The Donna Summer Tribute Site

PS Magazine Online 

May 2004

MUSIC: Donna Summer (May 2004)

In the 1970s, Donna Summer ruled the charts. But like all good things, disco came to an end and took a part of Summer’s career with it. Since then she’s done a few recordings and moved to Nashville with her husband, Bruce Sudano, a songwriter/musician.

But hold on to your platforms because today Summer is back, and she’s workin’ hard for the money. She’s released a new CD, The Journey: The Very Best of Donna Summer, which is a two-disc retrospective featuring two new songs. Her autobiography “Ordinary Girl: The Journey” is on bookstore shelves. And she’s also working on turning her life story, fittingly, into a Broadway musical.

p.s.: At this point in your career, how do you define yourself?
Donna Summer: At this stage, I believe I am a renaissance woman (singer, actress, writer, painter), in the truest sense of the word. I am 55 years old. I would be hard-pressed to define my life in any other way.

Tell us how your new book evolved.
It didn’t start off as an autobiography. I was writing a story about a woman and her adventures in Europe in the 1960s. But the more I wrote, the more the story looked a lot like my own. And as I continued writing, I realized I had a lot to say about my life, a lot I needed to say.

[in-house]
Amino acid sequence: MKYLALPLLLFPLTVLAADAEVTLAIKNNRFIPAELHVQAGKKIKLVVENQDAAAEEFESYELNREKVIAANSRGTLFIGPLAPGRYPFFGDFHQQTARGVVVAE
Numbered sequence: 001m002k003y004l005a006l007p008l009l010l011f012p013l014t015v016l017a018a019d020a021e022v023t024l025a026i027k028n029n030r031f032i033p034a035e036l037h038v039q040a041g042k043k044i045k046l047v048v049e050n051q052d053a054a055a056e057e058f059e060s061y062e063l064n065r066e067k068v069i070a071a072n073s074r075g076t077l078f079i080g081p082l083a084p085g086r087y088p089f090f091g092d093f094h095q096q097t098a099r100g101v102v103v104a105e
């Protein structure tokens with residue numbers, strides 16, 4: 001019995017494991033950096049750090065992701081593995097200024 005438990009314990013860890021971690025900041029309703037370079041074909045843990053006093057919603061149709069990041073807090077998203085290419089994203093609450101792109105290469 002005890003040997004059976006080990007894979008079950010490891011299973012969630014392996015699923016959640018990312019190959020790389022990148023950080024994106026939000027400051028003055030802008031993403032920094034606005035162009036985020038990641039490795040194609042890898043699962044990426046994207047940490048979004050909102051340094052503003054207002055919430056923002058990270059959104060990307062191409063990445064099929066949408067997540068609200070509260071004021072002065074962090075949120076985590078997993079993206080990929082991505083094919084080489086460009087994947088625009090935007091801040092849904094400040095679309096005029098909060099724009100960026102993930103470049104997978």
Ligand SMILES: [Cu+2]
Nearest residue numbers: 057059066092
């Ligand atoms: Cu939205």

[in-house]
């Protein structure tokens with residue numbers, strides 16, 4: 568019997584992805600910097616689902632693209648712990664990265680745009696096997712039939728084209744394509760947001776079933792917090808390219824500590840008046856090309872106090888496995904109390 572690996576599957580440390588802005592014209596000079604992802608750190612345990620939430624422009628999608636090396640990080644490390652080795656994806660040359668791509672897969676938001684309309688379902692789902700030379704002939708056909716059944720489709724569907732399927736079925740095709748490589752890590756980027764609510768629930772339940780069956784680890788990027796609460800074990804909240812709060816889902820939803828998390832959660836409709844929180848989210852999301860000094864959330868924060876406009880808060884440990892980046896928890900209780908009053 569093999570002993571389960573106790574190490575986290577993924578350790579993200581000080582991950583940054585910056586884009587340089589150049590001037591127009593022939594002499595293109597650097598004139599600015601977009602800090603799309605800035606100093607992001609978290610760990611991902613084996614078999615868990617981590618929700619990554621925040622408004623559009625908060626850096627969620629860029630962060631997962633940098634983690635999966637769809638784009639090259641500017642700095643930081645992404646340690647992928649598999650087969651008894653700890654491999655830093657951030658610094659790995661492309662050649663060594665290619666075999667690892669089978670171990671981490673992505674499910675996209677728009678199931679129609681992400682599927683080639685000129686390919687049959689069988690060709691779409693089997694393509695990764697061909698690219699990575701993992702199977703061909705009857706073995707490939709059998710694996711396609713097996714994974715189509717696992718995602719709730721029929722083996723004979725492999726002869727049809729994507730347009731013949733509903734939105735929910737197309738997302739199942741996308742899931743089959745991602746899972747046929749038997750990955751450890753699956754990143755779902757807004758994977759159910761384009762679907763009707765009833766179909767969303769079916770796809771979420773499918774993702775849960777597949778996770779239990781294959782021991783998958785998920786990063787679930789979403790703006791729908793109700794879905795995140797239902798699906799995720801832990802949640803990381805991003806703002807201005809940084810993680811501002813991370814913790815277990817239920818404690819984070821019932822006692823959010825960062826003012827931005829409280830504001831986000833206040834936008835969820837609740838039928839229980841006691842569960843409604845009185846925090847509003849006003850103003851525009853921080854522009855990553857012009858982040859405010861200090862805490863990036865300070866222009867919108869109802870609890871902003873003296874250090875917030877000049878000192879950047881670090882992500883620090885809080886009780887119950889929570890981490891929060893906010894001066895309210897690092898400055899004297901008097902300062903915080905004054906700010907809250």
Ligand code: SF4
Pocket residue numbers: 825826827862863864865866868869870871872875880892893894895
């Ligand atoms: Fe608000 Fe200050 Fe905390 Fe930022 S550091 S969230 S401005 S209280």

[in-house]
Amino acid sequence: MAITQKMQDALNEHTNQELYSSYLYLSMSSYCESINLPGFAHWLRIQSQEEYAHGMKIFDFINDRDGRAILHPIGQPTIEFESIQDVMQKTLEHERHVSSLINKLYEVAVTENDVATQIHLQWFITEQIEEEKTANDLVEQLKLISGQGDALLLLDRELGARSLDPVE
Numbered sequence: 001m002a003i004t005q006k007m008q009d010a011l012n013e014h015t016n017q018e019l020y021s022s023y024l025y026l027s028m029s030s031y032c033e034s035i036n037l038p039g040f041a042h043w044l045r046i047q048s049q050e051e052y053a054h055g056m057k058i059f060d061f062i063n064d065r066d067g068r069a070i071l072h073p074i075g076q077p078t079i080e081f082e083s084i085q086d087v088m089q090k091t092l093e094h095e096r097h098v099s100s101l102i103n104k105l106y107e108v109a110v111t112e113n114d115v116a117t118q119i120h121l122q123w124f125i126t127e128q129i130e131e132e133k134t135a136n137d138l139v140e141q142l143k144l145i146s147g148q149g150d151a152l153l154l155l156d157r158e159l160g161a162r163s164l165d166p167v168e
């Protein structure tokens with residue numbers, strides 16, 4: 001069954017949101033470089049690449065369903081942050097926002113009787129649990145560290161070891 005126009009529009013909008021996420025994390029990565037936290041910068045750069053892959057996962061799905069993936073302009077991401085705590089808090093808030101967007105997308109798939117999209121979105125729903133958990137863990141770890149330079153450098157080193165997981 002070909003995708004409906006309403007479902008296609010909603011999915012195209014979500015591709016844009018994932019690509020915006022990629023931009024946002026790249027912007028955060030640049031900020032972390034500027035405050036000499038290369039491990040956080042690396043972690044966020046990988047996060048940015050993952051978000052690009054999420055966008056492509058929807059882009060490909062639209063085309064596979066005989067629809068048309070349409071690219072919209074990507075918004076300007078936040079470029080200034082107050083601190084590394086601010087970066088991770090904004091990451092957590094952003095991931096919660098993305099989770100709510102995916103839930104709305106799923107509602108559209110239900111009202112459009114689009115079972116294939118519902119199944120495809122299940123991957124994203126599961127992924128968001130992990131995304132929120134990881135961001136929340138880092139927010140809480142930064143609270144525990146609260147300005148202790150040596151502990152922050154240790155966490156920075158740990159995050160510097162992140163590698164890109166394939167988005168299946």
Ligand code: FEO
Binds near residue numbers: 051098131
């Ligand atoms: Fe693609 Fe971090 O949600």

Are there any nuggets that may surprise your fans?
If I had to say one thing, it would be that I used to wet the bed. To say that publicly took a lot of energy and effort. There were definitely things in the book that I was not comfortable with, things that were hard to reveal about myself.

What do you want readers to come away with?
Knowing that the point of life is to learn from our mistakes and to recover. You have to recognize the resilience of the human spirit. It’s all about loving life, and moving forward and not letting things in your past hold you back. I hope people are inspired by this book.

When you’re not writing or singing, what do you like to do in your free time?
Right now, I am doing a lot of decorating. We live in a pretty cool place. It’s like a French chalet sitting on 25 acres. It’s very pleasant, not pompous. I am spending a good deal of time trying to organize the closets and decorate the bedrooms. I like to think it’s casually elegant, like myself.

Do you still paint?
Yes. I paint because it’s a way for me to be creative all by myself. Nobody has anything to say about my creations—no record company, no management, just me. It’s the only place I can somewhat be myself; it gives me a chance to get inside myself.

Where are you now in the journey of your life?
I think that I am headed up a mountain. I would say I am halfway to the top. I feel that as a creative person, I have opened a lot of doors, but there are still more doors to be opened.

 ©  May 2004
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